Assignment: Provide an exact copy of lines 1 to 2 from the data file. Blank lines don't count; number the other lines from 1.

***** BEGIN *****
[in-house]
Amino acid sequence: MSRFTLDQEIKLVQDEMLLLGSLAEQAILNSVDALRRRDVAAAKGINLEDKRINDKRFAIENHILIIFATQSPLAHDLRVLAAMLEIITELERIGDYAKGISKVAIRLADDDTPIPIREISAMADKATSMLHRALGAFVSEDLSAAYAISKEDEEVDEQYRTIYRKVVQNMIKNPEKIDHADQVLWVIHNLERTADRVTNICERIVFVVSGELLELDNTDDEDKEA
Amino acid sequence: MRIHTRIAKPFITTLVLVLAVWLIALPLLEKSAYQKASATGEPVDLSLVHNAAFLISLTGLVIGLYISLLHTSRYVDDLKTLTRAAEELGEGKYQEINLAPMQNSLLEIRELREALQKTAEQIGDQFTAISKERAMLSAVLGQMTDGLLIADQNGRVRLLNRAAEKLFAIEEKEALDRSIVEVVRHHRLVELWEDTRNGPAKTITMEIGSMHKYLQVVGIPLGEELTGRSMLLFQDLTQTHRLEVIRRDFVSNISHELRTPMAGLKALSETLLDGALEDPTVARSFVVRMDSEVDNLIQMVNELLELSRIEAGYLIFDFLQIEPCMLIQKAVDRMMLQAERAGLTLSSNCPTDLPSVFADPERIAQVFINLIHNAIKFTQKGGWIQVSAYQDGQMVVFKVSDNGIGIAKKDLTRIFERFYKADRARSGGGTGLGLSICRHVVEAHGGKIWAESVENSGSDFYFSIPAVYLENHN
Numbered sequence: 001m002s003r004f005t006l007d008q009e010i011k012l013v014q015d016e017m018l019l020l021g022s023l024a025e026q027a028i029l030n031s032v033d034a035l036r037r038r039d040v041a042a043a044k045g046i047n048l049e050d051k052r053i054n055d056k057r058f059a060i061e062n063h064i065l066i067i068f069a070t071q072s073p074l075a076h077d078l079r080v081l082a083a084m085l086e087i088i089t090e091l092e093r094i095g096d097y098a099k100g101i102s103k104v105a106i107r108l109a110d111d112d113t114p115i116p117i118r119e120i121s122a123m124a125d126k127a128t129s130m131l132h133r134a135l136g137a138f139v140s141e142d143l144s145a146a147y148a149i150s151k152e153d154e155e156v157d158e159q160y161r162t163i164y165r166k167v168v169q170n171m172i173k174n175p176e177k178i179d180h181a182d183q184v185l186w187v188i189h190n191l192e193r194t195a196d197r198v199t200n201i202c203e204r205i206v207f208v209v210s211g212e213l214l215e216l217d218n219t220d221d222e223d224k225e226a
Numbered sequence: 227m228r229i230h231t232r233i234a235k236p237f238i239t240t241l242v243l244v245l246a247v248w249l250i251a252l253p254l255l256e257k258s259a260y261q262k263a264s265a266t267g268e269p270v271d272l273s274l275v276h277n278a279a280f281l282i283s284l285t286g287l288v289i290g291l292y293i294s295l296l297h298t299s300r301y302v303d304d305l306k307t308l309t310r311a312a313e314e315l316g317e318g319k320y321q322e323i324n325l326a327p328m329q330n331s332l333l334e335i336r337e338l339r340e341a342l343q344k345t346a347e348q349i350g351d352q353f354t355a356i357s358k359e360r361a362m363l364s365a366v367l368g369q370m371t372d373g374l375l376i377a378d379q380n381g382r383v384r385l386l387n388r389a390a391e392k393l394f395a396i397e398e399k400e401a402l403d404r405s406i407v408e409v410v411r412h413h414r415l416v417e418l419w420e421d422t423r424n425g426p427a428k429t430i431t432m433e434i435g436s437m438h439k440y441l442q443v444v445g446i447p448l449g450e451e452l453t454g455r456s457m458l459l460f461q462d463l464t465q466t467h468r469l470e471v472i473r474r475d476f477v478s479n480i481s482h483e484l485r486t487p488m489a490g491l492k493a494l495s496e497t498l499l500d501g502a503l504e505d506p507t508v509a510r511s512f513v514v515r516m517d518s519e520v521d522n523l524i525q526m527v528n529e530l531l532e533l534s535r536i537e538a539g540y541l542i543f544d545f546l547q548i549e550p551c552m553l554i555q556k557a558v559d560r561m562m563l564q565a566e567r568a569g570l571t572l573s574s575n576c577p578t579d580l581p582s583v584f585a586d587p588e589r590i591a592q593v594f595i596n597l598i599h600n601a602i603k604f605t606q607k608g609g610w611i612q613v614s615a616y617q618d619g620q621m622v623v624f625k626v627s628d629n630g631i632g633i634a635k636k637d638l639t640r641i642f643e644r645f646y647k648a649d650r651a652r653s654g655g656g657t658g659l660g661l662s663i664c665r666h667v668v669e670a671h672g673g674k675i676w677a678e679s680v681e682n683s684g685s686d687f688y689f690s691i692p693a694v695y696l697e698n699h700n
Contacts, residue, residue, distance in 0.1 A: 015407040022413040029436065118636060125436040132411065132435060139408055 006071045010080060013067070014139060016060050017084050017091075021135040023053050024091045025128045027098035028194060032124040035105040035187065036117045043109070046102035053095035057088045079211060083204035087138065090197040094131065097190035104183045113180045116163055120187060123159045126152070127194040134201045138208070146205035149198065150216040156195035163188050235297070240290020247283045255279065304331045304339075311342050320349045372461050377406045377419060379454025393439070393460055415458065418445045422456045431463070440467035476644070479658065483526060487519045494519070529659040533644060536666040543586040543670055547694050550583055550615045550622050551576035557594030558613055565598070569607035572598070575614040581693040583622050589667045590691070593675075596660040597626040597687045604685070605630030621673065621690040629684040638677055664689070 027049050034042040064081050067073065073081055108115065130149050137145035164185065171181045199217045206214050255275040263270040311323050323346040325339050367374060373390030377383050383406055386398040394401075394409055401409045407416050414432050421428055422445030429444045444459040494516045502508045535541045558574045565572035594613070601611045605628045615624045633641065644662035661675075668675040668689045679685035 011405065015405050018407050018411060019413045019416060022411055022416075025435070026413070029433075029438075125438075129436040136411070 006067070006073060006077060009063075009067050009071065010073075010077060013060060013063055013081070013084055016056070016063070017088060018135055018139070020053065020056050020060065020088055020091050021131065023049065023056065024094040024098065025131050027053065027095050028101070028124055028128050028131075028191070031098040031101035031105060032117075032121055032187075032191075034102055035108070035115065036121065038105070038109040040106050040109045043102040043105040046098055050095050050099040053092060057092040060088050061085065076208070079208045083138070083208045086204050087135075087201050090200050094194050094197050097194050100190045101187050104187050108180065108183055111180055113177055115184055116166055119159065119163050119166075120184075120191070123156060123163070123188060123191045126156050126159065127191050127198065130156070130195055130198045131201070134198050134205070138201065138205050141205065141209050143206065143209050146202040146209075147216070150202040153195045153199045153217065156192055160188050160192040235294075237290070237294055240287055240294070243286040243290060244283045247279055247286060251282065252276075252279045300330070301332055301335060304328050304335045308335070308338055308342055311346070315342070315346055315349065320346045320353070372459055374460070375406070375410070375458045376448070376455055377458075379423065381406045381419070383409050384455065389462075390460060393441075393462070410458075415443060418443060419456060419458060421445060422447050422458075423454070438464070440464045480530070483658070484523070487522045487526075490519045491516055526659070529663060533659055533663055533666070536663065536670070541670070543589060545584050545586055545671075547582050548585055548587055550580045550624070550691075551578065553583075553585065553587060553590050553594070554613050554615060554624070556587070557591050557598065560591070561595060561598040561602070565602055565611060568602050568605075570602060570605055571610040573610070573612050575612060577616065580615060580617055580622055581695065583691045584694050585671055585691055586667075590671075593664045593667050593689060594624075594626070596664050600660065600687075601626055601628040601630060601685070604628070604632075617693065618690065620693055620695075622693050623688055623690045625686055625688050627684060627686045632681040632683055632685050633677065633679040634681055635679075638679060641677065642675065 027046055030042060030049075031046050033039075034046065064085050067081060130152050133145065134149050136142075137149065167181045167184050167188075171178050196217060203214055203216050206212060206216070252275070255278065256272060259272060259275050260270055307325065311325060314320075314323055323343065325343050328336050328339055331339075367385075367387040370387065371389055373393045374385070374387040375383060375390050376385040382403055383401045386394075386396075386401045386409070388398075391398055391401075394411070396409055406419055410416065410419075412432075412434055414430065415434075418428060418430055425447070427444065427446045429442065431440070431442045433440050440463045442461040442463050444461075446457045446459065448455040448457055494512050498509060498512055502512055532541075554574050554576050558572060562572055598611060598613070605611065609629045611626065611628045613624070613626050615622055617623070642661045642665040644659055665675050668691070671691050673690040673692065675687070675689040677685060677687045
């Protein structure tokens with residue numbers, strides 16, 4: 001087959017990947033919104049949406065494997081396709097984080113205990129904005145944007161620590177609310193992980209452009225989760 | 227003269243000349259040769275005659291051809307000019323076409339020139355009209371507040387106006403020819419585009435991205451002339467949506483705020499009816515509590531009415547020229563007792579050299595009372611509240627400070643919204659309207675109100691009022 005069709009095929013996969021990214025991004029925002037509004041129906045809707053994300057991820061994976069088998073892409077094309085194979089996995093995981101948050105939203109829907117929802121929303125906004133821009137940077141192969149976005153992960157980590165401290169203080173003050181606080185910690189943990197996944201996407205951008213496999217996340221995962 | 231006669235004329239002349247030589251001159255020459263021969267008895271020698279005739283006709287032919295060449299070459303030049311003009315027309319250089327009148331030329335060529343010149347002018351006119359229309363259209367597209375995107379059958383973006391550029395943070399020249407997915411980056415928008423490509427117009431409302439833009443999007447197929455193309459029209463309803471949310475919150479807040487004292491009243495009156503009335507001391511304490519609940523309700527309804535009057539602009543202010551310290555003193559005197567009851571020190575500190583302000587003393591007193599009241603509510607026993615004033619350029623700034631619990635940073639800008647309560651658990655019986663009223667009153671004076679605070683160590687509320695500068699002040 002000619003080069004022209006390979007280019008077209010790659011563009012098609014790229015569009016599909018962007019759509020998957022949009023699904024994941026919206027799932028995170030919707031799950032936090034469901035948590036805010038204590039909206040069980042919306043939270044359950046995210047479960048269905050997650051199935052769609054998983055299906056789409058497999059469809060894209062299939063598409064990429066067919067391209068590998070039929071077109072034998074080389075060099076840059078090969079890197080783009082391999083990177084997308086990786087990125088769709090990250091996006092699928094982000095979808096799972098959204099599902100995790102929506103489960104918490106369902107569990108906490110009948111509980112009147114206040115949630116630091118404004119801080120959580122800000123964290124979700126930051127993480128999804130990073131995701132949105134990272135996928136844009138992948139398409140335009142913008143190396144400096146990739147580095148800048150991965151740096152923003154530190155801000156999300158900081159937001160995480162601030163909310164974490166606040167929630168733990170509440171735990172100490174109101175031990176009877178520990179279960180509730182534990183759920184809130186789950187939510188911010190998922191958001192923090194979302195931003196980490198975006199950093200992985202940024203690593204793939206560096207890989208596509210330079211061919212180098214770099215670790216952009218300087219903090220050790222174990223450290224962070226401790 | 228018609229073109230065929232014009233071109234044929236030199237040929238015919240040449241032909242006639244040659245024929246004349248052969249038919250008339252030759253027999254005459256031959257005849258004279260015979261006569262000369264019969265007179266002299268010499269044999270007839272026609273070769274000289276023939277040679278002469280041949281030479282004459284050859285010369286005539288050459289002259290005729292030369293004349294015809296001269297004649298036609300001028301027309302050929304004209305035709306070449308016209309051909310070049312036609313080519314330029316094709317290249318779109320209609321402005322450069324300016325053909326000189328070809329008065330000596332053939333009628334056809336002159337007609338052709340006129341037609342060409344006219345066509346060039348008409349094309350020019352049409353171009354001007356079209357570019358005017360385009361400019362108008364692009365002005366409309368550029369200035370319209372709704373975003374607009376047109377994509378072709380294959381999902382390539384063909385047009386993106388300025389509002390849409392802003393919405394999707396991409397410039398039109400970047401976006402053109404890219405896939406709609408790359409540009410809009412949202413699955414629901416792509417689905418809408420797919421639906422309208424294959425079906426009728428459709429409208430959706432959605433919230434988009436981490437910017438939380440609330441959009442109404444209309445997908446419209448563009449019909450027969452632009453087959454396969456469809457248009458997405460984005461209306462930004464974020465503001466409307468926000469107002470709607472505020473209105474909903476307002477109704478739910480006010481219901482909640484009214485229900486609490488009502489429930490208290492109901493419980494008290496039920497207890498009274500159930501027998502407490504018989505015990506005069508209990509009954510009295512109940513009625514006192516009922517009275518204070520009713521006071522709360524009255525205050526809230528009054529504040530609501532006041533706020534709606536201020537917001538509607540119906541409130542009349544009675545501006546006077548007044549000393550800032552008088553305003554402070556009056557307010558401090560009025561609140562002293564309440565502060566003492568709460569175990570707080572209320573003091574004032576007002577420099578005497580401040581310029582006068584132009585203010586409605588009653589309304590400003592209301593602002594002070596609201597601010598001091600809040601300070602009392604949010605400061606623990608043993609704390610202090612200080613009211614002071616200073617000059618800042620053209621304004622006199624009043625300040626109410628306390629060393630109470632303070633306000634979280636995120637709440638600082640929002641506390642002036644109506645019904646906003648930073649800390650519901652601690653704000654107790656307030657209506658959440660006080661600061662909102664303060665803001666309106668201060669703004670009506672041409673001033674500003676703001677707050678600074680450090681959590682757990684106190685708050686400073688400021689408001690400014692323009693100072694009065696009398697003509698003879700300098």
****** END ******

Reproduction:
[in-house]
Amino acid sequence: MSRFTLDQEIKLVQDEMLLLGSLAEQAILNSVDALRRRDVAAAKGINLEDKRINDKRFAIENHILIIFATQSPLAHDLRVLAAMLEIITELERIGDYAKGISKVAIRLADDDTPIPIREISAMADKATSMLHRALGAFVSEDLSAAYAISKEDEEVDEQYRTIYRKVVQNMIKNPEKIDHADQVLWVIHNLERTADRVTNICERIVFVVSGELLELDNTDDEDKEA